At times, after joining the Bears academy as a 15-year-old, Adair seemed set to become the next first-team seam-bowling all-rounder. He played 11 first-team games across the three formats and showed more than enough ability in them to underline his potential.
Ill-luck with injuries hampered Adair’s progress however and it was not to work out for him at Edgbaston. But following the blow of his release, he dusted himself down and bounced back. He is now one of Ireland’s 19 senior contracted players – and regards his time with Warwickshire as, in many ways, the making of him as both cricketer and person.
I am so proud whenever I represent my country and then to play in the Lord’s Test was just amazing. I remember seeing Chris Woakes and Olly Stone out there and that relaxed me. There was the five of us – Woakesy, Olly, Will Porterfeld, Boyd Rankin and myself – and Moeen Ali as well so the Test was a real Warwickshire reunion.Mark Adair
“I had a lot of good times at Warwickshire and there were a lot of learning experiences as well,” he said. “I went into the Bears academy at 15 and was at the club until I was 21 so they are pretty key years and I had a lot of growing up to do. I certainly learned a lot about myself.
“I had a few injuries which was quite tough when all I wanted to do was play cricket. It wasn’t easy going from stress-fracture to stress-fracture. I played a few T20s and did okay and also played a couple of championship games. But I played at home to Notts in the championship in 2016 and was bowling around the wicket to Michael Lumb when suddenly I felt this shooting pain down the back of my leg. That was pretty much that.
“When I was released the following year, it was a huge disappointment, but it was the kick up the backside I needed, not what I wanted, but it spurred me on to sort myself out. I am a different person now, both on and off the field, and what I learned at Warwickshire is a big part of that.
“Once a Bear, always a Bear, they say and I certainly feel that. I will always be grateful to Warwickshire for giving me my chance and to all the people who helped me. Jim Troughton was great and Sam Hain remains one of my best mates.”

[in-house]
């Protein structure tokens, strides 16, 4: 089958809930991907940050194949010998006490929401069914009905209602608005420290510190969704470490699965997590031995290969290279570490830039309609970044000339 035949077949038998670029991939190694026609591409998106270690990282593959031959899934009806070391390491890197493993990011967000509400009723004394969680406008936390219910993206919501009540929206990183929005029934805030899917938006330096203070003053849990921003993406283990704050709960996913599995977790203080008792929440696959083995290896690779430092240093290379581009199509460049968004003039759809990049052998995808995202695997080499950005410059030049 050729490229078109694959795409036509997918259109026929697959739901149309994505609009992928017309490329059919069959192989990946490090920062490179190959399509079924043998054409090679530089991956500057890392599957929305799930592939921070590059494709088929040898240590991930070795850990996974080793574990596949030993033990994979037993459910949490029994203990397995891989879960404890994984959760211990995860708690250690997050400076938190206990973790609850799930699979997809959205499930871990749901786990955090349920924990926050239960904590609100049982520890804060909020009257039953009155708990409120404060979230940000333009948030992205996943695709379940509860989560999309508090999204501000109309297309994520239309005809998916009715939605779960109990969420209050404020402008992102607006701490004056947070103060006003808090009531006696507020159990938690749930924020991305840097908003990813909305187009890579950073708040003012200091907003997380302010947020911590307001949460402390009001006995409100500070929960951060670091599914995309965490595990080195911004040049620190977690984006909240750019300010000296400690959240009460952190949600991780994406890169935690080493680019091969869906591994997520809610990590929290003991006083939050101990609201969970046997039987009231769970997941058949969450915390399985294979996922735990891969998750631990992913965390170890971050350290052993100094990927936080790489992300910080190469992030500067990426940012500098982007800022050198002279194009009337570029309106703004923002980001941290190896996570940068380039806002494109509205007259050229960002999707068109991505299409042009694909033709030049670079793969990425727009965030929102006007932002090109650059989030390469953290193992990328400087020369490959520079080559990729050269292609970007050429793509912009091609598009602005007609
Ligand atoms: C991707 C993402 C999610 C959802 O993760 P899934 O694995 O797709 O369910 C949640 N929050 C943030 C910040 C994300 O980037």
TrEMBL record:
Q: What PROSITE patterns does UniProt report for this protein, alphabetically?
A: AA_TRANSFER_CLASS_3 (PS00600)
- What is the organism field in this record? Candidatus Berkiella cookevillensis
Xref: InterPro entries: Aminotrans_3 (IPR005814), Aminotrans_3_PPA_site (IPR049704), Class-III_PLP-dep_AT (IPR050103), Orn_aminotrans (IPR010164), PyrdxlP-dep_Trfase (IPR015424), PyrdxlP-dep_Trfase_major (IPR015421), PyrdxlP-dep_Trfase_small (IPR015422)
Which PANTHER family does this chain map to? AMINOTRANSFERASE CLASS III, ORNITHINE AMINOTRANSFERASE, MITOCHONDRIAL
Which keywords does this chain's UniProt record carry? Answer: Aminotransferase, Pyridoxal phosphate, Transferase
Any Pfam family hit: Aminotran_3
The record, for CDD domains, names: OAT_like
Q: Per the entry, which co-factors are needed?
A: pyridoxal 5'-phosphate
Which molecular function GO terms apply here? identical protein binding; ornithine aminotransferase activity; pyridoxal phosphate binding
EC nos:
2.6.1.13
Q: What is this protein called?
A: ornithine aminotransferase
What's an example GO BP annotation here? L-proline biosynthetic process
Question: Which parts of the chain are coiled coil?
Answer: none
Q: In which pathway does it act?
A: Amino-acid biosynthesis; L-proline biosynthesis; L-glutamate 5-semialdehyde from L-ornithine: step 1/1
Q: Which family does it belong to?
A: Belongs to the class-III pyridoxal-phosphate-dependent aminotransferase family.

After his release by the Bears, Adair underwent surgery on his lower back. Strangely, he found himself in lengthy rehab at the same time as his brother Ross, a professional rugby player, who had just had a hip operation. The future was unclear.
“It was a long road back and when I was able to bowl properly again at last, that was a big moment for me,” he said. “I played some domestic cricket for Northern Knights and had trials at Durham which didn’t come to anything. I was in my early twenties and still living with mum and dad and living off dad and, to be honest, wondering what the future held. In Ireland there are no domestic team contracts so it’s tough if you are not quite in the top group.
“But then at the start of May last year we were training in the run-up to the ODI with England at Malahide when Stuart Thompson took the best catch I have ever seen, but injured his shoulder in the process – and that gave me my chance. I played in the game against England and did okay and then played in the Tri-series that followed against West Indies and Bangladesh.
“I am so proud whenever I represent my country and then to play in the Lord’s Test was just amazing. I will always remember it, though when you are out there you just try to concentrate on your performance. I remember seeing Chris Woakes and Olly Stone out there and that relaxed me. There was the five of us – Woakesy, Olly, Will Porterfeld, Boyd Rankin and myself – and Moeen Ali as well so the Test was a real Warwickshire reunion.
“I’d love to have another crack at county cricket at some point but right now my focus is entirely on Ireland. I love playing for them and it is great to travel to so many places, though part of you always misses your folks and your missus. It is always exiting to go – and always good to get back.”
2020 promises to be a busy year for Adair – and there is one date that has a particular appeal: Saturday September 12 when Ireland visit Edgbaston for the first time for an ODI. With more then 15,000 tickets already sold, the match is set for a full-house – and Adair is well aware of what sort of occasion that will be.
“It would be amazing to play in the ODI that Edgbaston,” he said. “There’s no better atmosphere. The Hollies Stand is the best stand in cricket and I just hope that, if I play, they are not too hostile to